Yes, yes, yes.
The crowd should marvel at one of the most-amazing talents, hardest-working, best-horsemanship hands of any generation.
Sherry Cervi, a 19-time WNFR veteran, still has what it takes to topple the newcomers, as she did in the 2016 Stampede.
Cervi has won four world championships (1995, 1999, 2009, 2013) and rolled across the finish line with a trio of WNFR average wins (1999, 2009, 2013).
Brittney Barnett and Megan Swint will each look to pad their cases for their first WNFR bids, Barnett currently 11th and Swint ranking 26th, respectively.
Little brother can ride, too.
Trey Kimzey — the younger brother of six-time reigning world champion Sage Kimzey (three WNFR average titles in 2014, 2017 and 2019) — qualified for his first WNFR in 2019.
Roscoe Jarboe — a three-time WNFR bull rider — is currently 22nd in the standings during his journey for his fourth appearance in Vegas.
While Jarboe looks for his fourth qualification, the guy who will ride behind his already has four back numbers — as Jordan Spears will spur for WNFR No. 5.
Elliot Jacoby has tallied a pair of WNFR qualifications in consecutive years, b but he has not been back since 2014.
What do you say, TJ?
TJ Gray has not been to a WNFR as a contestant, but he’s well on his way through this point in the season and is currently seventh in the world standings.
Ring of Fear
How bad do you need $500?
Bad enough to get in one of six circles and attempt to avoid a costly hospital trip that may be caused by a fighting bull?
The last person remaining in their circle takes home the prize money, the fans’ reactions and the bragging rights at the Cowboy Bar.
Speaking of the Cowboy Bar, the beverages will be served and a dance will take place during and after the conclusion of Saturday’s slack performance of the rodeo — which includes a world-renowned, hometown talent.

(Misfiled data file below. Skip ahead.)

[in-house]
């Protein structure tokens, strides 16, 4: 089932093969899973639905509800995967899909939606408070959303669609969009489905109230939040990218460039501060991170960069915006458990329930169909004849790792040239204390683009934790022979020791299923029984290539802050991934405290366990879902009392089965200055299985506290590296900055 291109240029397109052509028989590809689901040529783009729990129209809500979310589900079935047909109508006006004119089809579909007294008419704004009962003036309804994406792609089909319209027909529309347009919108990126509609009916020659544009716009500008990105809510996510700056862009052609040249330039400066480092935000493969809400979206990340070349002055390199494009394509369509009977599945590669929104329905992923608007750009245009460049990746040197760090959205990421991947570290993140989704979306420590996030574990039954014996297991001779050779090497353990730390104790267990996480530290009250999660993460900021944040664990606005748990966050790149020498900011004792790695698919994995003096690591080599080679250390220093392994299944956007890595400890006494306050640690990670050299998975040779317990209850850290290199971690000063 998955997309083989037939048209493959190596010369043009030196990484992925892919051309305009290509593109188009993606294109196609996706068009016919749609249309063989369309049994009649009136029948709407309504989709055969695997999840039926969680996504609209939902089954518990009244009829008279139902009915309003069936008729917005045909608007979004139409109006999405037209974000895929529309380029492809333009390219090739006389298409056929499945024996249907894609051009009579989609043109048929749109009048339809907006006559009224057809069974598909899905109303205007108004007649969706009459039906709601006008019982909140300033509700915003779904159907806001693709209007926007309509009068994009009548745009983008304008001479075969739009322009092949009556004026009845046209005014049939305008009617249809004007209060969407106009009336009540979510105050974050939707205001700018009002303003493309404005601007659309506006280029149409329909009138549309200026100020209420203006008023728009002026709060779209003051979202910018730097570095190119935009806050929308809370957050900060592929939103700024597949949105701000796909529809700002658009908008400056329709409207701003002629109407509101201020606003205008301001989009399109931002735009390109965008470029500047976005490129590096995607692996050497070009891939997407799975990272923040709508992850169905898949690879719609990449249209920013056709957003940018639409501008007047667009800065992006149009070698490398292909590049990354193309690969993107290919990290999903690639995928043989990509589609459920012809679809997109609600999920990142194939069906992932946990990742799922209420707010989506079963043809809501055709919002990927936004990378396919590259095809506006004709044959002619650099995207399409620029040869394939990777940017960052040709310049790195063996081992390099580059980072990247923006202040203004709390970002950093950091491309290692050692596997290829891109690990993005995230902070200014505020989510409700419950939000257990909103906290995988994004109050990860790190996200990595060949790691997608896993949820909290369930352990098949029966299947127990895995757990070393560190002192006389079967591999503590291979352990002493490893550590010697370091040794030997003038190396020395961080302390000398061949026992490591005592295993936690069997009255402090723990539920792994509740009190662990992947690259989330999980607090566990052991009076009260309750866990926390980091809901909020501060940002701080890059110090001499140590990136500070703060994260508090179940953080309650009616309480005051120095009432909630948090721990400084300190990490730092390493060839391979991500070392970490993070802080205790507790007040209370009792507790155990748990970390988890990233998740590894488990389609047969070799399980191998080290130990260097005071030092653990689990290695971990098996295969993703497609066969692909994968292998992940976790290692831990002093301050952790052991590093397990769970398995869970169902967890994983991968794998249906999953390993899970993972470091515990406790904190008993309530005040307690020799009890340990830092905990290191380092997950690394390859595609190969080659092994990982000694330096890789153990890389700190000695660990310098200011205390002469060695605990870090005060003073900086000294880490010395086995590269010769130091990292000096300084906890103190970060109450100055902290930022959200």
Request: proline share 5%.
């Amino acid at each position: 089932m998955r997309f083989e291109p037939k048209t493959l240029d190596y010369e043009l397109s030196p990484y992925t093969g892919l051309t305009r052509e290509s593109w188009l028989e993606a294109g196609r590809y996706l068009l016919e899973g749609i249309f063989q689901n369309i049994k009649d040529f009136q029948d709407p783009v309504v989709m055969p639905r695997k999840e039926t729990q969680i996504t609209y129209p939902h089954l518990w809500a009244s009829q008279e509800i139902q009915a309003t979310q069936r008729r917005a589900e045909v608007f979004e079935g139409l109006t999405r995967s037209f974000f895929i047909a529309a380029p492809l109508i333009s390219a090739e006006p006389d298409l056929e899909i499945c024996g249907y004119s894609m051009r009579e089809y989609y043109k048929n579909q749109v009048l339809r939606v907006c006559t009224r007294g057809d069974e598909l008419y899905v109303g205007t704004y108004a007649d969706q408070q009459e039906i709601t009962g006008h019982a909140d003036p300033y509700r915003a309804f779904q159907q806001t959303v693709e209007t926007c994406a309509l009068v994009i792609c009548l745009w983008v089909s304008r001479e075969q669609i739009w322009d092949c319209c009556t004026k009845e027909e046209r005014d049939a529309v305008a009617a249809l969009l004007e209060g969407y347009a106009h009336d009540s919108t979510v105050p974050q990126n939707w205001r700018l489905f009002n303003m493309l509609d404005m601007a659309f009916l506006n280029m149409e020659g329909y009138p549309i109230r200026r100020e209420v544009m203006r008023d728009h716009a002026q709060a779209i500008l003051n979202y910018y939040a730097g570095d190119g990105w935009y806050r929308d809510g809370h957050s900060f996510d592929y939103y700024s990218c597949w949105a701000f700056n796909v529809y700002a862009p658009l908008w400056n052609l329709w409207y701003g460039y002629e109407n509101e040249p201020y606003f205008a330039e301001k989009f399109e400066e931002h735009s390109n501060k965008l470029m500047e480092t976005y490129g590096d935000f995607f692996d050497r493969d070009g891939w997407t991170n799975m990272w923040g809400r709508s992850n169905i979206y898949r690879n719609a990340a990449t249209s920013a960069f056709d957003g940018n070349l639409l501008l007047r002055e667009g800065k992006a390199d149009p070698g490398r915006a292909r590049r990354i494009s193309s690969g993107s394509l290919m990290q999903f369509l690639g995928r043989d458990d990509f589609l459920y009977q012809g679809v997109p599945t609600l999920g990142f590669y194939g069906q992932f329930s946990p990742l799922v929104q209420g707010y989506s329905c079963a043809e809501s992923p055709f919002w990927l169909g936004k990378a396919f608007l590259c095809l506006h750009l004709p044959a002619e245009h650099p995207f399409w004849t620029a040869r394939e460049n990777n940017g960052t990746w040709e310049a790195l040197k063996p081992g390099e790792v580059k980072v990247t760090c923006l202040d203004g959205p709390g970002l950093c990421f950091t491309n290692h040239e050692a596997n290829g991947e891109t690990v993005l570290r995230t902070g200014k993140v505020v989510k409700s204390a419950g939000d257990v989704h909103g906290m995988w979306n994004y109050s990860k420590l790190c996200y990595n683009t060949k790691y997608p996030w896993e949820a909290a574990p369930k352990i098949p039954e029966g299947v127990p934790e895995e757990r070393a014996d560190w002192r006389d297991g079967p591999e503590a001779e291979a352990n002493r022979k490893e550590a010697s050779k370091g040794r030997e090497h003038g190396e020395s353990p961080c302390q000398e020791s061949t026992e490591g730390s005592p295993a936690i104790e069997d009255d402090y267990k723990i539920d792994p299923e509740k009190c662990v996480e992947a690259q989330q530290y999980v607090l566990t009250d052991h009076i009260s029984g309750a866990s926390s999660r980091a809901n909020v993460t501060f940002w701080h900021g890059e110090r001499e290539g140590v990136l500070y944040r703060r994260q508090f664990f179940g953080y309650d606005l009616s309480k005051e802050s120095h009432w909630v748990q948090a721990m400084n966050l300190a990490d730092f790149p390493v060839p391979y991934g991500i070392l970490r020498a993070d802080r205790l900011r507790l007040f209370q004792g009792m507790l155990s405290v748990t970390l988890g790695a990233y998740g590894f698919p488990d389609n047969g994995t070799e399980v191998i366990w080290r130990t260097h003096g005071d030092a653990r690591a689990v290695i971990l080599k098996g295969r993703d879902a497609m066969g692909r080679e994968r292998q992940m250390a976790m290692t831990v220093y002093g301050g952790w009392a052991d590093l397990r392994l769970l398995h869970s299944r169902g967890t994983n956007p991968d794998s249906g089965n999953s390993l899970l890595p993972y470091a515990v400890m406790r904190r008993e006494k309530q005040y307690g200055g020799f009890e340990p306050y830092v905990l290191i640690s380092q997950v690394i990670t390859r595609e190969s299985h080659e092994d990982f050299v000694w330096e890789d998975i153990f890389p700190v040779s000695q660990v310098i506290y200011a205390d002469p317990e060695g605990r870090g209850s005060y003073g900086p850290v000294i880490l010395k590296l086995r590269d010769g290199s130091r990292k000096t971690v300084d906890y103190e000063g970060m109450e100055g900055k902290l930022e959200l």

During Saturday night’s slack performance, Elko’s Dakota Eldridge — a six-time WNFR qualifier (2013-2017, 2019) and a two-time WNFR average winner (2015, 2017) — will look to end his recent slump.
Eldridge jumped to second place in the PRCA standings with a second-place, $27,250 finish at The American.
However, he has since fallen to fourth with $35,040.40 in season earnings.
After the rodeo reboot — due to COVID-19 — near the end of May, Eldridge has won just $1,463.52 following his big day at The American on March, at AT&T Stadium.
Stick around for the slack and give a champion a champion’s cheering from the hometown crowd.
In the event, Battle Mountain’s Hank Filippini will also compete.
During the team roping, Eldridge will head for travel partner Clayton Hass.
The slack will include steer wrestling, team roping and tie-down roping — the day sheet loaded with big names, WNFR qualifiers, world champions, WNFR average champs and a multitude of up-and-comers who figure to be the next generation of rodeo stars.